Councillor calls for expansion of 'Safe Supply' of drugs in Ottawa
OTTAWA -- An Ottawa Councillor wants to expand a program that provides a safe supply of drugs to people with addictions to more people in Ottawa.
In August 2017, Dr. Jeff Turnbull and Ottawa Inner City Health launched Canada’s first residential “Managed Opioid Program,” providing controlled amounts of pharmaceutical-grade narcotics, housing and other supports to 25 individuals. The “Safe Supply” of drugs is referred to as a prescription for narcotics.
On Wednesday, Mathieu Fleury will present a motion to Council, asking Mayor Jim Watson to write to the provincial and federal health ministers to implement and fund the expansion of “Safe Supply” in Ottawa to provide immediate supports to people who use drugs.
The Rideau-Vanier Councillor's motion notes the COVID-19 pandemic has further demonstrated the lack of supports for Ottawa's most vulnerable and also highlighted the vulnerabilities in communities where petty crimes and panhandling are main sources of income to fuel addictions.
In an interview with CTV News Ottawa, Fleury says Ottawa Inner City Health and Dr. Turnbull have run a “successful” program with 25 clients who were homeless and injecting drugs multiple times a day, “they were overdosing, they were also committing petty crime, they had erratic behaviour in our community.”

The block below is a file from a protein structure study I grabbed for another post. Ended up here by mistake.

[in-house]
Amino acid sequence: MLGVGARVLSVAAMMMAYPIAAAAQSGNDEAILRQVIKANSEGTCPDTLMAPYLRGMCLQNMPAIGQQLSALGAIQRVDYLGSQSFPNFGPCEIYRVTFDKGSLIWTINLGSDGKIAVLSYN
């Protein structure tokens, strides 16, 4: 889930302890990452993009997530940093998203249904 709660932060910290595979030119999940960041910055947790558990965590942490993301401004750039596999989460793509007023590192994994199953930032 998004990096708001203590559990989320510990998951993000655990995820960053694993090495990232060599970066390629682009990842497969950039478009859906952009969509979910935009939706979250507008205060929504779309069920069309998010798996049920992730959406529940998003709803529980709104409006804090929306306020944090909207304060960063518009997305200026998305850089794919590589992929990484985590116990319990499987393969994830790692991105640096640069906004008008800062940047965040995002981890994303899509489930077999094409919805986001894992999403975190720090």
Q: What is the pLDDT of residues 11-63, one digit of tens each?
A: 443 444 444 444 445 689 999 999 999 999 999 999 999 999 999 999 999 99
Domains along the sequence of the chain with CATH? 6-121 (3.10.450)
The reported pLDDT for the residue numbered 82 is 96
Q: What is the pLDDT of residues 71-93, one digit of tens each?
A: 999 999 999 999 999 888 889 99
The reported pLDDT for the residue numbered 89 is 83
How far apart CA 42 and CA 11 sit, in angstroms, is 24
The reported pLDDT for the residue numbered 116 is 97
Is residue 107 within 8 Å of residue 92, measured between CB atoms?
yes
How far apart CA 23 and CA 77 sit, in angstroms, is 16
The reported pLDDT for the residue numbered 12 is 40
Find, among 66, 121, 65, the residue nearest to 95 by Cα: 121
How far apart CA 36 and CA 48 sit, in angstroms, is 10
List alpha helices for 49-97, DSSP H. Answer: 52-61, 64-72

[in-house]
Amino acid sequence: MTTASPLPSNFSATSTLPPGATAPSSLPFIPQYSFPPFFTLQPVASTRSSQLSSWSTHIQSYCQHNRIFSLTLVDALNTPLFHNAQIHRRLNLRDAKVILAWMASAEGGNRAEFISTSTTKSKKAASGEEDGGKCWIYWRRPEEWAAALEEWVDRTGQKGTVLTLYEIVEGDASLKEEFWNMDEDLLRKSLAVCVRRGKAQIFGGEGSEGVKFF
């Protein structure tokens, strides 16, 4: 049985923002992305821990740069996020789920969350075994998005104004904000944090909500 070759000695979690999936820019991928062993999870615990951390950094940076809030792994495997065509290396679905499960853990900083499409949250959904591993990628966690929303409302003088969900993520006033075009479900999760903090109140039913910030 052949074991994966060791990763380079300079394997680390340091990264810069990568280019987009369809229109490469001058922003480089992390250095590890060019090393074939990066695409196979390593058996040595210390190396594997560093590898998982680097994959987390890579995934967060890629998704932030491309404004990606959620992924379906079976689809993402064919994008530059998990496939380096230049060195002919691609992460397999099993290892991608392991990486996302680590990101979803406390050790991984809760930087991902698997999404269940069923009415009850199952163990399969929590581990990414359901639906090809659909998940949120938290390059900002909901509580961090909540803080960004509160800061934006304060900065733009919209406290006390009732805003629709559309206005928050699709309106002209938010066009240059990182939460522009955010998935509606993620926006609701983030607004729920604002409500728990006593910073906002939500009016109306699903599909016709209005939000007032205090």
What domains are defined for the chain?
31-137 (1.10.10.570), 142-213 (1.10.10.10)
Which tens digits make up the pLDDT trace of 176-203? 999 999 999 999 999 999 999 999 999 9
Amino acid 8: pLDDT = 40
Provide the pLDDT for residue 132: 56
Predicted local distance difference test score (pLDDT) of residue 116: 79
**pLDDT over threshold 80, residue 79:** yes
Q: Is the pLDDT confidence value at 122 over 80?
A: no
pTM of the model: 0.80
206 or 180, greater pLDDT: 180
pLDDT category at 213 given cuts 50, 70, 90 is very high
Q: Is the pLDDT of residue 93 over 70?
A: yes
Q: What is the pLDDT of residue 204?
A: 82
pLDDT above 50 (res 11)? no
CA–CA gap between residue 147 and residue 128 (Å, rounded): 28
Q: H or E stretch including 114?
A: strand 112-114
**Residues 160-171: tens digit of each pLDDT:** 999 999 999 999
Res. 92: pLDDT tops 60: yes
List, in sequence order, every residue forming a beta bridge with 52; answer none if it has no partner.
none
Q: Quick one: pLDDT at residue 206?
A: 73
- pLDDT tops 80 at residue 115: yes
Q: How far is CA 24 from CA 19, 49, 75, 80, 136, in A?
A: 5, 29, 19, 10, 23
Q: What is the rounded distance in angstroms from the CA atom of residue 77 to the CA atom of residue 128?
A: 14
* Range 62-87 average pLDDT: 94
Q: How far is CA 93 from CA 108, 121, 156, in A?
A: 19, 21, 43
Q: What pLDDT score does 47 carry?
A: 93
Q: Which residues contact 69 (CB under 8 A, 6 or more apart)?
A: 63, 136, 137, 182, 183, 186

Now, it is time to expand the program and make it permanent.
“Those 25 individuals are using less drugs. They’re going to a pharmacy, getting a prescription and the drugs they’re using is clean, and they’re using less of it every day,” Fleury said.
“Their life has been stabilized; they’re costing a lot less money to government because they have the supports they needed. Some of them have found permanent housing and are looking for employment.”
Fleury says the “time has come” to expand the pilot project for “Safe Supply” and make it an official program.
Fleury’s motion notes local drug checking data from the Sandy Hill Community Health Centre indicates that 96.7 per cent of drugs brought as opioids and 42.2 per cent of drugs bought as stimulants contain illicit fentanyl, fentanyl analogues or other synthetic opioids.
Fleury tells CTV News Ottawa the “Safe Supply” program helps remove the stigma of drugs in our community.
“The reality is collectively as a society we have no issues with medical professionals prescribing you the medications you need,” Fleury said.
“But those who suffer from addictions they’re anything but. They require the use of their drugs to, in many cases, stay alive and in other cases feed the addiction. And everything they do in their daily lives impacts you as a resident, impacts you as a business, and impacts our overall cost of services.”
Fleury says as a society, we are “reactive” to the costs associated with drug use, including paramedic and hospital costs and legal costs.
“This approach really is proactive, and it removes a lot of pressure we would have on local businesses and residents.”